Spunky and optimistic thirteen-year-old (give or take) girl witch with exceptional magical-broom handling abilities finds herself alone in a new place and must adapt. If you liked that in either Kiki's Delivery Sevice or Tweeny Witches, you're bound to like it again in the other. Watch!
Both of these are cute stories about young witches learning to use their powers. Both occur when the young protagonist travels to a place far beyond their home. There's plenty of broom flying antics, magic, and whimsical storytelling.
Simon lives a boring life in the underground village of Jeeha, where his main job day in and day out is to dig tunnels. His close friend Kamina, however, longs to bust out of their oppressive existence and reach the surface world where open skies and adventure await! One day, during his usual digs, Simon discovers a robot with a big face buried amongst the rocks. No sooner has he shown Kamina his mysterious find when two beings from the surface crash land into Jeeha Village - one is a gun-toting woman calling herself Yoko and the other is a terrifying mecha piloted by a Beastman! Seeing their chance to escape village drudgery, Kamina rallies Simon and Yoko to defeat the invader using their new robot, Lagann. However, upon breaking out onto the surface world, Simon, Kamina, and Yoko encounter enemies more powerful than they could have envisioned. Their fight for adventure just turned into a war for the survival of the human race - will their lust for freedom hold out against such terrible odds?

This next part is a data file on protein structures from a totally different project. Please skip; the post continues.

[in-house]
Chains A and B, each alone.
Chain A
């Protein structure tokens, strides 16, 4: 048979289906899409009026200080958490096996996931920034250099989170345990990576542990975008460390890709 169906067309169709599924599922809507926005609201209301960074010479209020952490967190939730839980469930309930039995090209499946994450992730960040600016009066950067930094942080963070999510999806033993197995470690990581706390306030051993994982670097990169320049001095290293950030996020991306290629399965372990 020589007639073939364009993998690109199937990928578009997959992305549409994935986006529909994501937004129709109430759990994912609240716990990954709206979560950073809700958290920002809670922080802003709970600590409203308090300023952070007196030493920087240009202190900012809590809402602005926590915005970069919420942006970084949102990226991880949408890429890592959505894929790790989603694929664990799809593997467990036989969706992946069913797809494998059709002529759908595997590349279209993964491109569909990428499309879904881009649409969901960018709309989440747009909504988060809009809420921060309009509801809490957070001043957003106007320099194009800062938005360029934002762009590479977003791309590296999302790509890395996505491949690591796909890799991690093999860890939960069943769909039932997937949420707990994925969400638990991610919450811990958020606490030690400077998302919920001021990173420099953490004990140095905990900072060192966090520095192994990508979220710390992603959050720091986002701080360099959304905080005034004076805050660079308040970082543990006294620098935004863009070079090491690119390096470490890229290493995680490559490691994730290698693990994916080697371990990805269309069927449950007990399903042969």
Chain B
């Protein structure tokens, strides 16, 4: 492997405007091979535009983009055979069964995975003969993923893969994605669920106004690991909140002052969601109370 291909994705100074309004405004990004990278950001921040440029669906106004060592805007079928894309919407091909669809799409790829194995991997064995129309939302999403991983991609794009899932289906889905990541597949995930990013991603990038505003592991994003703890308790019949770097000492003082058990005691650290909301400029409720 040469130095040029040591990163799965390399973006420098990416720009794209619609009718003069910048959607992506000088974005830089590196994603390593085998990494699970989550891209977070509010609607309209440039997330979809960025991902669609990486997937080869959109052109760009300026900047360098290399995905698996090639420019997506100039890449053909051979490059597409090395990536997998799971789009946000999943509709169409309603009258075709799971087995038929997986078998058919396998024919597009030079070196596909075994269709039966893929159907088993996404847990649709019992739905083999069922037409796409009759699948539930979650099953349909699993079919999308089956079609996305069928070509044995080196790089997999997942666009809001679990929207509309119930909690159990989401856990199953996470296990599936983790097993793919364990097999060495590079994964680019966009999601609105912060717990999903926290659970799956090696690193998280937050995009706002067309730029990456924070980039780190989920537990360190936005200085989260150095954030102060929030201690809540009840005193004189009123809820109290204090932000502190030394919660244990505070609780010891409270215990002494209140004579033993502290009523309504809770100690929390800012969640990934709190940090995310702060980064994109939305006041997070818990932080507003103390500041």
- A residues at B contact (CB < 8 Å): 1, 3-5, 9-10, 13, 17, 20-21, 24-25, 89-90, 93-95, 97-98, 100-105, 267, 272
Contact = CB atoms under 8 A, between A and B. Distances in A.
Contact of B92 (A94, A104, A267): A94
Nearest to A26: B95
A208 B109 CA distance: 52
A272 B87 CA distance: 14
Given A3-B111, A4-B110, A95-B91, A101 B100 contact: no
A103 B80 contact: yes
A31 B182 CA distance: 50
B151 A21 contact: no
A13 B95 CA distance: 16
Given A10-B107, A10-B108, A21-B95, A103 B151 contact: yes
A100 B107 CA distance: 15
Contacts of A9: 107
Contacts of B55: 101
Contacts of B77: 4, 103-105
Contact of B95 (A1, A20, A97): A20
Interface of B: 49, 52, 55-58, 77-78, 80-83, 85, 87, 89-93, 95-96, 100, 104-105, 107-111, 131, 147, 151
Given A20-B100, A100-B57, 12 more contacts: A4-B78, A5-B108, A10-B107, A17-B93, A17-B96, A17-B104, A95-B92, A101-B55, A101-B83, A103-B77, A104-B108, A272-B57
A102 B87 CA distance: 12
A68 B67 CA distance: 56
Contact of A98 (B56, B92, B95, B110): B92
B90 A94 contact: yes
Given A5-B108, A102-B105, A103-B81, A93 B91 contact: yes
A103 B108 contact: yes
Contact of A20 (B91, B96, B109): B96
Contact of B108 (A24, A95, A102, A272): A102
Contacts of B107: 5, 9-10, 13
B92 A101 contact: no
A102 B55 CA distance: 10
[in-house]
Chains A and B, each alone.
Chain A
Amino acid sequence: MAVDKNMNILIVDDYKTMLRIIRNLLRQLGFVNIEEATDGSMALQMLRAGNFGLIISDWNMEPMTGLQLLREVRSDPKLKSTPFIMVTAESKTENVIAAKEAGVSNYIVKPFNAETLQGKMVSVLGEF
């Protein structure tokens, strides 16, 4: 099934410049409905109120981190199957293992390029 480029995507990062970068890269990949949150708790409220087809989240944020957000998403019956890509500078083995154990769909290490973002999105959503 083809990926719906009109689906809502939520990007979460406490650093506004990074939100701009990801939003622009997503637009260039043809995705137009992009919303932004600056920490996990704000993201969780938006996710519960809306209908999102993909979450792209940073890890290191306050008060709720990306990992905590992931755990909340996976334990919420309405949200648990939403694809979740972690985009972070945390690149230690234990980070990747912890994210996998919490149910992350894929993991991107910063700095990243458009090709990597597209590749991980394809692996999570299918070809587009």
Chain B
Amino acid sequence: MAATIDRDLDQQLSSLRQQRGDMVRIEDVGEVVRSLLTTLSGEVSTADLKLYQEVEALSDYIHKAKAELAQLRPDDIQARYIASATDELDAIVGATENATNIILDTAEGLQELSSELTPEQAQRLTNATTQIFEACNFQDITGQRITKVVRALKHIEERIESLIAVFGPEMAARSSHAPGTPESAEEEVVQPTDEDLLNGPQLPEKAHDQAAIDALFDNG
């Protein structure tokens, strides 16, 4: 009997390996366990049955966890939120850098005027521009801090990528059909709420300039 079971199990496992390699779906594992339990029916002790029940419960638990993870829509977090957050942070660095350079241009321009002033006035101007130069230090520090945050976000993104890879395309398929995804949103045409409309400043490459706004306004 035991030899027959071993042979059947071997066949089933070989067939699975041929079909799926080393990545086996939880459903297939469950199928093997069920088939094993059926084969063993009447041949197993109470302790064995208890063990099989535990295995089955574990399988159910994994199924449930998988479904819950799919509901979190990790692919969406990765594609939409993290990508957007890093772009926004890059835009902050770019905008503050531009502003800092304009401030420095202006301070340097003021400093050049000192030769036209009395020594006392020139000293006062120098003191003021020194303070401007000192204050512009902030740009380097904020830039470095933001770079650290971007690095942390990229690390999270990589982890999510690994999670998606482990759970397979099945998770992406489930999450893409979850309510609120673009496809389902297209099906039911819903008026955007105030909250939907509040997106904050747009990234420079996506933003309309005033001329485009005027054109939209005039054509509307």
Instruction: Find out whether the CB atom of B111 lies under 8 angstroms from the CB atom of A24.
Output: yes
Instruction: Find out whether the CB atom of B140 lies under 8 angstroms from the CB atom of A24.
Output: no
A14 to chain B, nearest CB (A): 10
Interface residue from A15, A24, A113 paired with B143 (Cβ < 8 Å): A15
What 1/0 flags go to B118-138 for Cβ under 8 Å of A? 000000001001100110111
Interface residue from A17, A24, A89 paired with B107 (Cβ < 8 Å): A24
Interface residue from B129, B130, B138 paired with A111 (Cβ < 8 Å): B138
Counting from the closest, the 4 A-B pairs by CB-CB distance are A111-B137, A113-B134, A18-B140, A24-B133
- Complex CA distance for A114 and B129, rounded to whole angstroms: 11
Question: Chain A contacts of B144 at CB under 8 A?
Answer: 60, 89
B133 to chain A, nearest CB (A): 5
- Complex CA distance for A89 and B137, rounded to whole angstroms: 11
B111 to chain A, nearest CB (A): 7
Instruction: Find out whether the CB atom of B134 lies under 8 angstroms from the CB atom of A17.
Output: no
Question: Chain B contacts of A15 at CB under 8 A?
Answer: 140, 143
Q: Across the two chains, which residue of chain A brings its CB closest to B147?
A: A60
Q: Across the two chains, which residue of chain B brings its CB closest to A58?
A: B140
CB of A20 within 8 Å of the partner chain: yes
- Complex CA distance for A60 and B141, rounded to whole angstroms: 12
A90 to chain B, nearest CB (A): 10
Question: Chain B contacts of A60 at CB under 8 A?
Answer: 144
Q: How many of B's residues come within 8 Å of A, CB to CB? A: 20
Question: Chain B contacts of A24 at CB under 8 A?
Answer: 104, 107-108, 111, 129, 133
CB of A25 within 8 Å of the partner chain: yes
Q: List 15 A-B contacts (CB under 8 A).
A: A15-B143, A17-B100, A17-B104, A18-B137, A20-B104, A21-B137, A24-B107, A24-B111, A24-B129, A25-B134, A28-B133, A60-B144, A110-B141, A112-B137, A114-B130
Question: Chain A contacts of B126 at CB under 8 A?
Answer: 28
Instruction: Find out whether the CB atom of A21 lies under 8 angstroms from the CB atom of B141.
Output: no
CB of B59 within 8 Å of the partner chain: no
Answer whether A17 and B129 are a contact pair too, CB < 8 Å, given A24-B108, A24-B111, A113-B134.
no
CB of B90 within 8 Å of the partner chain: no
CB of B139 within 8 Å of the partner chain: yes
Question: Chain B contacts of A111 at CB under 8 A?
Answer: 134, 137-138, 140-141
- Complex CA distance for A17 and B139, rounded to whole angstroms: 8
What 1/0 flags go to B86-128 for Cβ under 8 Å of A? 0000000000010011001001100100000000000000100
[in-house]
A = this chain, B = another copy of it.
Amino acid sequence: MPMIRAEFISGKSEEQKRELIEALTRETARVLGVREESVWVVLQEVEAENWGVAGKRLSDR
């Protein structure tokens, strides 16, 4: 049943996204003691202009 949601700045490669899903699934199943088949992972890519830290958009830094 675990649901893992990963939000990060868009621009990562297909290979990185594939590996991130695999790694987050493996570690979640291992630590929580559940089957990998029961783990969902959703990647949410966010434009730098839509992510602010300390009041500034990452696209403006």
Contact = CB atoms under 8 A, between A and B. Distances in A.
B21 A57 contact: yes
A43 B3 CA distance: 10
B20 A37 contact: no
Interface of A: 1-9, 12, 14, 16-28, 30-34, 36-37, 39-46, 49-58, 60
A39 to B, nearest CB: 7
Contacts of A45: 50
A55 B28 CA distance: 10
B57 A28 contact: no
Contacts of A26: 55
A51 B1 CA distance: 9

Both of these series take a popular genre of anime - magical girl in the case of Tweeny Witches, mecha in the case of Gurren-Lagann - and infuse them with a really stylish, cartoony design aesthetic. If you enjoyed the combination of the 'believe-in-yourself' ethic of such anime with stylish visual design in one of these series, you might consider trying the other out - even if you're not a fan of that genre.
Both Gurren Lagann and Tai Arusu take a young protagonist and give them an object of great power. The main power both protagonists have is the "power of heart". With an exotic cast of characters and a major power struggle, the animes are similar despite their different genres.
Lucy is a seventeen-year-old mage with the power to summon stellar spirits, but what she really wants to do is join a guild - and not just any guild. She has her eyes set on Fairy Tail, a notoriously reckless and outrageous group of magic users who are likely to be drunk or destroying buildings and towns in the process of completing a job! While in town one day Lucy meets a perpetually-seasick boy named Natsu who, through a series of events, reveals to her that he's none other than the fire-eating mage Salamander of Fairy Tail! Lucy is finally able to join Fairy Tail and quickly begins to take on odd jobs with Natsu and his gang for fame and profit. Along with her fiery friend, Happy the flying cat, Natsu's archrival Gray and their overseer the invincible and beautiful Erza, Lucy sets forth for epic adventures that leave an epic amount of destruction in their wake. After all, destroying a city or five doesn't matter as long as they get the job done... right?!
Magic ;D both good animes with focus on magic. Mahou is about witches and fairies.. with a unique, different art style, and Fairy tail about.. well.. mages and guilds. both adventures, quite comedic, and of course, both fun :D